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Sergey Basalyga

Cummins: New Cycle Coming Soon


Cummins Inc., incorporated on February 3, 1919, is a global diesel engine manufacturer. The company designs, manufactures, distributes and services diesel and natural gas engines and engine-related component products, including filtration, after treatment, turbochargers, fuel systems, controls systems, air handling systems and electric power generation systems. The company has four operating segments: Engine, Distribution, Components and Power Generation. Cummins sells its products to original equipment manufacturers (OEMs), distributors and other customers. It serves its customers through a network of approximately 600 Company-owned and independent distributor locations and approximately 7,200 dealer locations in more than 190 countries and territories. In addition, engines and engine components are manufactured by the company’s joint ventures or independent licensees at its manufacturing plants in the United States, China, India, South Korea, Mexico and Sweden. Its subsidiaries include Cummins India Ltd. and Wuxi Cummins Turbo Technologies Co. Ltd.


According to our estimations, Cummins is a very attractive company in the industry. Its multiples are below the industry average. Judging by the P/E ratio, the company is being traded ⅓ of the price, while P/B being 20% lower than the industry average. Moreover, ROA and ROE of the company are 4 times higher relative to the industry average.

Cummins has a strong debt/equity ratio, which proves that the company is stable and has a substantial possibility to finance its activity.


Total share return is pleasing for investors (459% against industry’s 129% and S&P’s 72% over the last 10 years).

Source: Company’s presentation

Having analyzed the Cummins’ financials, we concluded that the company had growth during 2012-2014, followed by retardation in the 3rd quarter of 2015, which may very well be explained by the China’s slump in demand and diesel scandal begot by VW.

Balance sheet proves our estimates on Cummins’ stability: current assets are twice as big as its current liabilities. Stockholders’ equity remains nearly unchanged, therefore net income is largely distributed among the stockholders. Cummins has pretty healthy cash flows, which have been increasing over a couple of years.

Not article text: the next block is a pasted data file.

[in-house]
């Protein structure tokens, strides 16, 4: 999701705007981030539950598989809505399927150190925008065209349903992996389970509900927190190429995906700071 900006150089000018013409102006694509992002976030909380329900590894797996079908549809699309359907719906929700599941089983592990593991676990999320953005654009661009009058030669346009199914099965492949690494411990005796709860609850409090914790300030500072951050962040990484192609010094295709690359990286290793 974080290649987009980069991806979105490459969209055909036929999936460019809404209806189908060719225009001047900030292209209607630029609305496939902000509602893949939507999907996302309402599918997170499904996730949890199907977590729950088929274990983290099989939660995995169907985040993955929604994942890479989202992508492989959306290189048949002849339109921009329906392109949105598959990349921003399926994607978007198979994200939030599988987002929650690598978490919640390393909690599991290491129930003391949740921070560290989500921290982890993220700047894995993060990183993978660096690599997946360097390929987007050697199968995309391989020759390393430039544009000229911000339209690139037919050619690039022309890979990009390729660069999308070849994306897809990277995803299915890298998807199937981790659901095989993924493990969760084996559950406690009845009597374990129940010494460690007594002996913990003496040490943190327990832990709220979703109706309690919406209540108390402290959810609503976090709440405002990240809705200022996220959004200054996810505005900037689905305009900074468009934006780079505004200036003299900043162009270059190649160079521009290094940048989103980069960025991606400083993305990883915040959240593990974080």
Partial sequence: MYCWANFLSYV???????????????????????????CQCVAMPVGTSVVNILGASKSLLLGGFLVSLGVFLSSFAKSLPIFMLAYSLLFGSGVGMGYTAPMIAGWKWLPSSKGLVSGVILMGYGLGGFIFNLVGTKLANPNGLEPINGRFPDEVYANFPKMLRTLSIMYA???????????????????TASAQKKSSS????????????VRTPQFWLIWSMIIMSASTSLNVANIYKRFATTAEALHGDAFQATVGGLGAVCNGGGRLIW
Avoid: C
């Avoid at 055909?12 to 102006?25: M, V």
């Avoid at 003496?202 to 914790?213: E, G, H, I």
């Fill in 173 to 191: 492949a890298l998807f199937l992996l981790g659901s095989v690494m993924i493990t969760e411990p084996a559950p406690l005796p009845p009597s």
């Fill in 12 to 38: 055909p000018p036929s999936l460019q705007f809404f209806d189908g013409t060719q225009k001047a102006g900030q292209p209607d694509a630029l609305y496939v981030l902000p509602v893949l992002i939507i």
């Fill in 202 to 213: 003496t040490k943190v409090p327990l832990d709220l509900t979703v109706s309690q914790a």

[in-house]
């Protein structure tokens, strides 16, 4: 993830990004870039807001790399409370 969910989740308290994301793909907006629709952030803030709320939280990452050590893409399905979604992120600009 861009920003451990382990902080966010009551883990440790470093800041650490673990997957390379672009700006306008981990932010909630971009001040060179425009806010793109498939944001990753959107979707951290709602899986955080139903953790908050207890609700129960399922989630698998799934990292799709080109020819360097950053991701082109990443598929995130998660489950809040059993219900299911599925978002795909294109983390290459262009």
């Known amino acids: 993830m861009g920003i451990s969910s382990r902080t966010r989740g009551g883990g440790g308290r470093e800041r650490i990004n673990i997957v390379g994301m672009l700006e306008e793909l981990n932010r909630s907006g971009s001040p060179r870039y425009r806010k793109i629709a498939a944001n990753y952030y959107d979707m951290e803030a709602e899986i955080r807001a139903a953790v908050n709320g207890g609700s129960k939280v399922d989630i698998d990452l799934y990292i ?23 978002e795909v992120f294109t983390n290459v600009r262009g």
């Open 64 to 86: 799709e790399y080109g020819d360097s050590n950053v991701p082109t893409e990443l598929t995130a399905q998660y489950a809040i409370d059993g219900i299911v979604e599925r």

The company has been steadily increasing revenues (9% CAGR against 5% one of the industry) and EBIT margin (7% against 1%).

Source: Company’s presentation

Trials and tribulations

Although the company’s financials look healthy, there is a bunch of difficulties Cummins has to stand against.

The Cummins’ revenues are hugely dispersed with such outliers as Brasil, and China, where demand is expected to decline by 50% and 30% respectively due to the pitfalls all the automotive companies have faced: diesel scandal and slowing China’s economy.

The main driver that counterbalance the pitfalls is growing US demand.

Source: Company’s presentation

Heavy-duty truck revenue up 3% from 2014, due to higher demand in North America, partially offset by lower international revenues. Medium-duty truck & bus revenue up 3% due to improvements in global bus markets and stronger North American truck market share. Light-duty automotive down 6% due to the weak Brazilian truck market. Industrial market revenues expected to decline 18% due to weak demand in global commercial marine, construction, and mining markets.

Despite the seeming subversion of the share price, there are several reasons to consider Cummins a forever hold.

In the case of Cummins, the most common concerns seem to be China’s demand and diesel scandal. But the latter may suddenly cause a massive run on natural gas engines (escaping from the diesel engines) in the trucks.

Cummins seems to be a forever leader among engine makers in the implementation of technology developed by Westport Innovations that allows the basic design of a diesel engine to be altered to burn natural gas instead of diesel fuel. The truck gas infrastructure is coming along and several large truck stop chains have already expressed their will to install several gas-fuelling stops. Even though the cheap oil makes the gas industry less effective and implementation of this technology has been slower than originally projected, it is likely to continue moving on. It will just move at a slower pace of implementation than originally expected.

It is really not surprising to see some weakness in stock when two of the main revenue sources experience some short-term obstacles. Even if China's growth slows to 3 or 4%, it is going to be a temporary issue and one that simply creates opportunity for those with a longer-time horizon.

We expect that the management’s decision to invest in the right technologies and making Cummins’ products the most innovative ones will be the right drivers which will cause the share price to rise as well as company’s revenues and net income (which already allow to pay solid dividends to the investors)


According to our observations, the Cummins’ business is rather cyclical and we consider it to be 38-43 months. The last cycle was undermined by the China’s slump, yet it’s coming to the end. We expect growth to occur during the period of 2-3 months and company’s shares will be creeping up on fair price during 20-25 months due to the fact that the shares are at the lowest point of the downside trend. It may be a good moment to pick the stock.


We recommend to buy the shares as they are definitely underpriced, while the company’s growing at a faster pace. The growth due to the innovative technologies, coupled with an ending business cycle and strong balance sheet speak for itself.


We are neither holding, nor planning to open any position. We are merely presenting our opinion, intended to be used in the WhoTrades Investment Strategy Contest.

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